Muay Thai. A brief experience in Chiang Mai, Thailand.

‘Backstage’ at Tha Phae Stadium , Chiang Mai.

The one previous Muay Thai fight I had seen was in Bangkok at the old Lumphini stadium sometime in the 1990’s . I was in my 20’s, somewhat hippyfied and not too interested in the idea of seeing it; but two women from Leeds (UK) in my hostel said ‘we luv a good fight, cum with us, you’ll luv it’ . Inside the old three tiered stadium I did kind of enjoy it in a watching gladiators in a bear pit sort of way, though a sharp knee to the head knock out did cause me to wince a bit. I thought nothing more of it until my youngest son aged 19 started training in it four times a week in the UK . Of all the things to choose, not really what I had in mind for my small cuddly child when he was younger. So while in Thailand his interest led me to investigate a bit more at Chiang Mai gyms and at the Tha Phae Stadium in Chiang Mai.

The Art of Eight Limbs, or Muay Thai, developed as hand to hand combat training using the entire body as a weapon during the development the first official Thai army in the 13th Century Sukothai Kingdom (and probably before) . The hands were the equivalent of a sword and dagger, the shins and forearms were hardened in training to act as armour against blows, elbows were honed to fell opponents like a hammer, and legs and knees were equivalent to an axe and staff.

Since then it’s been a very integral part of Thai culture and not just for the army. It’s steeped in ritual and most boxers, either in public in the ring or in private, perform a Wai Khru to honour teachers, ancestors and parents. It’s always been popular amongst regular people with relatively informal bouts and lots of gambling; the gambling is often how fighters get paid. Royalty were sometimes trained in it as it was felt to be character building in preparation for leadership . In the modern day, as well as there being numerous competing fighters, many people in Thailand and worldwide train in Muay Thai for fitness training , self defence and embodied confidence training. A traditional Thai medicine doctor on one of my massage courses had a Muay Thai trainer.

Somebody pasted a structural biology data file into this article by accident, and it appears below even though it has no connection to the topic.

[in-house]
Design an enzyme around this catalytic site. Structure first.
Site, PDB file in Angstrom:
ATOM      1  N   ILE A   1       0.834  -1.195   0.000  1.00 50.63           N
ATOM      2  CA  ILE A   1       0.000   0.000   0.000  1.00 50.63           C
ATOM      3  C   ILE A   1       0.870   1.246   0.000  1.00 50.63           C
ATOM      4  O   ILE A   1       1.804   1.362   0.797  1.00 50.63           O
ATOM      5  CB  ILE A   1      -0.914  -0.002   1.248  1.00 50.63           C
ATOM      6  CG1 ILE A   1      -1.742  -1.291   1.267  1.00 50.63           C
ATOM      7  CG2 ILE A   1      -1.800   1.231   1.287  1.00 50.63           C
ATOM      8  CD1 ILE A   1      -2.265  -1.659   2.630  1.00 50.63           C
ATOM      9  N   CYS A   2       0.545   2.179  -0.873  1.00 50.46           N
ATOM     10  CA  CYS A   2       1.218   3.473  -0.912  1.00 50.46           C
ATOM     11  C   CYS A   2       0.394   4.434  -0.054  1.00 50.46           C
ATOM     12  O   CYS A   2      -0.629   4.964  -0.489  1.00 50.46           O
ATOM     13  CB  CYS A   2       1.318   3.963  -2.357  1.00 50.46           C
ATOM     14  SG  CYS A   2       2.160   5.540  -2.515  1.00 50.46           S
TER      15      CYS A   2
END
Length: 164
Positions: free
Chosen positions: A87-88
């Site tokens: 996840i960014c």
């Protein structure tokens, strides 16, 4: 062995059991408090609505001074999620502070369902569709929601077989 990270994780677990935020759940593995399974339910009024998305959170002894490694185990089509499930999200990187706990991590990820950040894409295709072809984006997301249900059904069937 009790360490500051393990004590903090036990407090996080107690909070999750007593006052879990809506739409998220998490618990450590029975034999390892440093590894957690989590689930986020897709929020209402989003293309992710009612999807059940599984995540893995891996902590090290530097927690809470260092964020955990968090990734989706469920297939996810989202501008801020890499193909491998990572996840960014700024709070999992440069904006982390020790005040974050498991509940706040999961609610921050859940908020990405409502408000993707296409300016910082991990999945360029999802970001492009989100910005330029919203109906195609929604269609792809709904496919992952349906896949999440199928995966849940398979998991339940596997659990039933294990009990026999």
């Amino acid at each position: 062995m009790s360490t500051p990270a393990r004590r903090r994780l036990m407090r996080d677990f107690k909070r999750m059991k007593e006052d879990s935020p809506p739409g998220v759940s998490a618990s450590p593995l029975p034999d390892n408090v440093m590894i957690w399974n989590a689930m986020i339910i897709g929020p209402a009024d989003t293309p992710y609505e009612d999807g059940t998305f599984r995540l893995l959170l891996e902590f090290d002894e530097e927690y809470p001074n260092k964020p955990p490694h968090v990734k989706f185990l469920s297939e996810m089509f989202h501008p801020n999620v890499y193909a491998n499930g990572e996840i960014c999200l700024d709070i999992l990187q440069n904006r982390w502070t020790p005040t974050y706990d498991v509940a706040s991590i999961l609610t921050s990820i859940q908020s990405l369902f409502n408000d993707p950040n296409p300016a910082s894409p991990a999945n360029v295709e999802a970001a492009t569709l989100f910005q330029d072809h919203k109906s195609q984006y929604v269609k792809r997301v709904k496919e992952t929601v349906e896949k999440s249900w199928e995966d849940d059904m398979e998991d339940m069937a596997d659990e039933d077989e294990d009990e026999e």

Friendly young lad who allowed me photograph him while he warmed up . Flat on his back ten minutes later due to an elbow to head; but good humoured about it once he recovered out of the ring.

As with so many contact sports around the world, women have had a hard time being allowed to compete. A change maker came in the form of Supanee Mam Changrapit. She came from a Muay Thai Family (her dad fought) , trained with her son and fought successfully herself . She has her own training gym in Pai, Northern Thailand . More on this here . There is some way to go in allowing full participation for women , but I saw two female fights in Chiang Mai which were pretty full blooded.

Later these two were just hanging out together after trying to knee and elbow each other into submission .

There are many non-Thais who come to train in Thailand with many gyms where you can train. The last bout of the night was between an Italian fighter and a Thai, a championship belt was at stake .

No knockout in this one , so to be decided on points. One on one combat is a personal and intimate engagement in many ways.

One on One Combat.

Whilst I don’t much fancy a sharp kick to the head , as a competitor in amateur league table tennis I can relate at least on some level to one on one combat. It’s a strangely personal and intimate experience to tough it out with someone in a boxing ring, at opposite ends of a table tennis table or whatever. When both competitors know how to behave there’s a lot of love and respect involved and the instinct to hug or at least shake hands at the end is there.

Winning and Losing.

It’s hard not to take it personally when you lose. Even when we rationalise that someone was just better than us on the day, it hurts a bit. But generally we learn, and come back stronger.

Feeling it a bit , no doubt.
I wish we had flowered garlands in Table Tennis when we win.

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